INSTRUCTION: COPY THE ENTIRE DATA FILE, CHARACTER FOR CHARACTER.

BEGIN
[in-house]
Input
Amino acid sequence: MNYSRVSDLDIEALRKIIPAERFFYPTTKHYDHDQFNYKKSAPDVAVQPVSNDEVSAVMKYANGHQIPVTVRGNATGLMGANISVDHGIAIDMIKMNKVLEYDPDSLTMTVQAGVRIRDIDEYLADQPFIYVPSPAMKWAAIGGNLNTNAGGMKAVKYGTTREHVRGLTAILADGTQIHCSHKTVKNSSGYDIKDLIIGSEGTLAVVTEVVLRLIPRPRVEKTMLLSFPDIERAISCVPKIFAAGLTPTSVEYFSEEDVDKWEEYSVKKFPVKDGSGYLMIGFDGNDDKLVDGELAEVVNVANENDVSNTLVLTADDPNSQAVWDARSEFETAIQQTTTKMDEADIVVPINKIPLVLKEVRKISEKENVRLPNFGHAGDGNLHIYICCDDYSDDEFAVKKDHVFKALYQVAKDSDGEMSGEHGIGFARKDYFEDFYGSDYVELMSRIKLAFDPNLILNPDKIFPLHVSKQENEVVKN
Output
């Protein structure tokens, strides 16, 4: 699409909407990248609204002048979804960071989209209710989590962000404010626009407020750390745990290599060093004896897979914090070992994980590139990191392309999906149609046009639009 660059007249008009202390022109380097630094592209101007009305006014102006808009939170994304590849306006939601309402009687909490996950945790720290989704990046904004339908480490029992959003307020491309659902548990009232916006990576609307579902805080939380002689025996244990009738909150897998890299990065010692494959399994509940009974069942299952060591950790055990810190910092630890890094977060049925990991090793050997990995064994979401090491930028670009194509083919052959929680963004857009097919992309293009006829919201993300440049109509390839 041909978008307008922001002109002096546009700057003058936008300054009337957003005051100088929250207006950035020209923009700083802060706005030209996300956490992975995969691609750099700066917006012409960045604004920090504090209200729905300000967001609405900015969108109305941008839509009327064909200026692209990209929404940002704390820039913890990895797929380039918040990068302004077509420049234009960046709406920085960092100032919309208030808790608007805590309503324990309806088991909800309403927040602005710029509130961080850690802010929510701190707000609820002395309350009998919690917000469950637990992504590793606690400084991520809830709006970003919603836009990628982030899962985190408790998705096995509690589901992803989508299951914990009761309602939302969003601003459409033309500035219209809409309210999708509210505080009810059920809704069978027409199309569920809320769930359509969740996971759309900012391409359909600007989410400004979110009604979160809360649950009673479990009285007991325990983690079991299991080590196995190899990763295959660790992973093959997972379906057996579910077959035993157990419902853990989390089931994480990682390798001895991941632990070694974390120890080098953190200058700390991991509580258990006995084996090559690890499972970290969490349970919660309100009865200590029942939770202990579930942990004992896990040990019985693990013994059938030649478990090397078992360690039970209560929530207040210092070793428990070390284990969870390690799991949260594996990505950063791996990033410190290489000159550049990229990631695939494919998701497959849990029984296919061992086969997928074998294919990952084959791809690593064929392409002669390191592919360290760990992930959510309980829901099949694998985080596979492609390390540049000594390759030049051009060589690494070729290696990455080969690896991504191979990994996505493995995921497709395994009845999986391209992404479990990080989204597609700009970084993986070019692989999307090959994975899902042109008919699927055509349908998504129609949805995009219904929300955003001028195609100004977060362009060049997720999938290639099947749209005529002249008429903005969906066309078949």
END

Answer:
[in-house]
Input
Amino acid sequence: MNYSRVSDLDIEALRKIIPAERFFYPTTKHYDHDQFNYKKSAPDVAVQPVSNDEVSAVMKYANGHQIPVTVRGNATGLMGANISVDHGIAIDMIKMNKVLEYDPDSLTMTVQAGVRIRDIDEYLADQPFIYVPSPAMKWAAIGGNLNTNAGGMKAVKYGTTREHVRGLTAILADGTQIHCSHKTVKNSSGYDIKDLIIGSEGTLAVVTEVVLRLIPRPRVEKTMLLSFPDIERAISCVPKIFAAGLTPTSVEYFSEEDVDKWEEYSVKKFPVKDGSGYLMIGFDGNDDKLVDGELAEVVNVANENDVSNTLVLTADDPNSQAVWDARSEFETAIQQTTTKMDEADIVVPINKIPLVLKEVRKISEKENVRLPNFGHAGDGNLHIYICCDDYSDDEFAVKKDHVFKALYQVAKDSDGEMSGEHGIGFARKDYFEDFYGSDYVELMSRIKLAFDPNLILNPDKIFPLHVSKQENEVVKN
Output
């Protein structure tokens, strides 16, 4: 699409909407990248609204002048979804960071989209209710989590962000404010626009407020750390745990290599060093004896897979914090070992994980590139990191392309999906149609046009639009 660059007249008009202390022109380097630094592209101007009305006014102006808009939170994304590849306006939601309402009687909490996950945790720290989704990046904004339908480490029992959003307020491309659902548990009232916006990576609307579902805080939380002689025996244990009738909150897998890299990065010692494959399994509940009974069942299952060591950790055990810190910092630890890094977060049925990991090793050997990995064994979401090491930028670009194509083919052959929680963004857009097919992309293009006829919201993300440049109509390839 041909978008307008922001002109002096546009700057003058936008300054009337957003005051100088929250207006950035020209923009700083802060706005030209996300956490992975995969691609750099700066917006012409960045604004920090504090209200729905300000967001609405900015969108109305941008839509009327064909200026692209990209929404940002704390820039913890990895797929380039918040990068302004077509420049234009960046709406920085960092100032919309208030808790608007805590309503324990309806088991909800309403927040602005710029509130961080850690802010929510701190707000609820002395309350009998919690917000469950637990992504590793606690400084991520809830709006970003919603836009990628982030899962985190408790998705096995509690589901992803989508299951914990009761309602939302969003601003459409033309500035219209809409309210999708509210505080009810059920809704069978027409199309569920809320769930359509969740996971759309900012391409359909600007989410400004979110009604979160809360649950009673479990009285007991325990983690079991299991080590196995190899990763295959660790992973093959997972379906057996579910077959035993157990419902853990989390089931994480990682390798001895991941632990070694974390120890080098953190200058700390991991509580258990006995084996090559690890499972970290969490349970919660309100009865200590029942939770202990579930942990004992896990040990019985693990013994059938030649478990090397078992360690039970209560929530207040210092070793428990070390284990969870390690799991949260594996990505950063791996990033410190290489000159550049990229990631695939494919998701497959849990029984296919061992086969997928074998294919990952084959791809690593064929392409002669390191592919360290760990992930959510309980829901099949694998985080596979492609390390540049000594390759030049051009060589690494070729290696990455080969690896991504191979990994996505493995995921497709395994009845999986391209992404479990990080989204597609700009970084993986070019692989999307090959994975899902042109008919699927055509349908998504129609949805995009219904929300955003001028195609100004977060362009060049997720999938290639099947749209005529002249008429903005969906066309078949």